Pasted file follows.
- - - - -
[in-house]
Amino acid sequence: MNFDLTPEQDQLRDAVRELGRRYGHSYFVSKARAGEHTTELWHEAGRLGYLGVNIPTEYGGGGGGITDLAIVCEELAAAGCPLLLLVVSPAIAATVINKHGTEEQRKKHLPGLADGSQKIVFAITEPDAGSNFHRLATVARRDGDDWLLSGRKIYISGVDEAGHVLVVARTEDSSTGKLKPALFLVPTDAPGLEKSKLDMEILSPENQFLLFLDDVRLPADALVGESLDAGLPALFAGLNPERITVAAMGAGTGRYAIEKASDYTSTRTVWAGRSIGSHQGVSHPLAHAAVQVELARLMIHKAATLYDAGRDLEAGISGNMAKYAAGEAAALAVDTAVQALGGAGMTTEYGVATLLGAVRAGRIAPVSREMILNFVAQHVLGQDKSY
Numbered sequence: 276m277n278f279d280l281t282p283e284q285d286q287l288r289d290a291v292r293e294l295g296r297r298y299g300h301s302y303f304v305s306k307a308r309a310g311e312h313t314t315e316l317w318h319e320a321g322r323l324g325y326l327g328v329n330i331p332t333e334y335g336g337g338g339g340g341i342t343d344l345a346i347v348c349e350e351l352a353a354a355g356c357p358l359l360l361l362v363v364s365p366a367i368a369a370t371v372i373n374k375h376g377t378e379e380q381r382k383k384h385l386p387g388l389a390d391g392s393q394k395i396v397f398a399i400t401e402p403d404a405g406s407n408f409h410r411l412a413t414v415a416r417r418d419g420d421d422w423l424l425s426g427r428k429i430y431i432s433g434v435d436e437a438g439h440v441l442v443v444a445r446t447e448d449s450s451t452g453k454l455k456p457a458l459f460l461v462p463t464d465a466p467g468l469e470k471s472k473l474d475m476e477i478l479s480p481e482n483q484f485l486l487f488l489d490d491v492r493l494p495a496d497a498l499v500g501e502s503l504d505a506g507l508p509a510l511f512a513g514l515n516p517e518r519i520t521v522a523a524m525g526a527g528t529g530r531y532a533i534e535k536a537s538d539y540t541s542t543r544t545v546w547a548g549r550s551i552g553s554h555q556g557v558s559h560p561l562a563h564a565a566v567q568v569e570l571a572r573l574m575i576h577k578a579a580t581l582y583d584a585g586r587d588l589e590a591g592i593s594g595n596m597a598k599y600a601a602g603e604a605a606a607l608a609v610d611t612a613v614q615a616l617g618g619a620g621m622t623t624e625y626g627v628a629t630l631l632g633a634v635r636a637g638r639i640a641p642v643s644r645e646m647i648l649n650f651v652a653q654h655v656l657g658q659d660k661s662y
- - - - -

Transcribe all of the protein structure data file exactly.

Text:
[in-house]
Amino acid sequence: MNFDLTPEQDQLRDAVRELGRRYGHSYFVSKARAGEHTTELWHEAGRLGYLGVNIPTEYGGGGGGITDLAIVCEELAAAGCPLLLLVVSPAIAATVINKHGTEEQRKKHLPGLADGSQKIVFAITEPDAGSNFHRLATVARRDGDDWLLSGRKIYISGVDEAGHVLVVARTEDSSTGKLKPALFLVPTDAPGLEKSKLDMEILSPENQFLLFLDDVRLPADALVGESLDAGLPALFAGLNPERITVAAMGAGTGRYAIEKASDYTSTRTVWAGRSIGSHQGVSHPLAHAAVQVELARLMIHKAATLYDAGRDLEAGISGNMAKYAAGEAAALAVDTAVQALGGAGMTTEYGVATLLGAVRAGRIAPVSREMILNFVAQHVLGQDKSY
Numbered sequence: 276m277n278f279d280l281t282p283e284q285d286q287l288r289d290a291v292r293e294l295g296r297r298y299g300h301s302y303f304v305s306k307a308r309a310g311e312h313t314t315e316l317w318h319e320a321g322r323l324g325y326l327g328v329n330i331p332t333e334y335g336g337g338g339g340g341i342t343d344l345a346i347v348c349e350e351l352a353a354a355g356c357p358l359l360l361l362v363v364s365p366a367i368a369a370t371v372i373n374k375h376g377t378e379e380q381r382k383k384h385l386p387g388l389a390d391g392s393q394k395i396v397f398a399i400t401e402p403d404a405g406s407n408f409h410r411l412a413t414v415a416r417r418d419g420d421d422w423l424l425s426g427r428k429i430y431i432s433g434v435d436e437a438g439h440v441l442v443v444a445r446t447e448d449s450s451t452g453k454l455k456p457a458l459f460l461v462p463t464d465a466p467g468l469e470k471s472k473l474d475m476e477i478l479s480p481e482n483q484f485l486l487f488l489d490d491v492r493l494p495a496d497a498l499v500g501e502s503l504d505a506g507l508p509a510l511f512a513g514l515n516p517e518r519i520t521v522a523a524m525g526a527g528t529g530r531y532a533i534e535k536a537s538d539y540t541s542t543r544t545v546w547a548g549r550s551i552g553s554h555q556g557v558s559h560p561l562a563h564a565a566v567q568v569e570l571a572r573l574m575i576h577k578a579a580t581l582y583d584a585g586r587d588l589e590a591g592i593s594g595n596m597a598k599y600a601a602g603e604a605a606a607l608a609v610d611t612a613v614q615a616l617g618g619a620g621m622t623t624e625y626g627v628a629t630l631l632g633a634v635r636a637g638r639i640a641p642v643s644r645e646m647i648l649n650f651v652a653q654h655v656l657g658q659d660k661s662y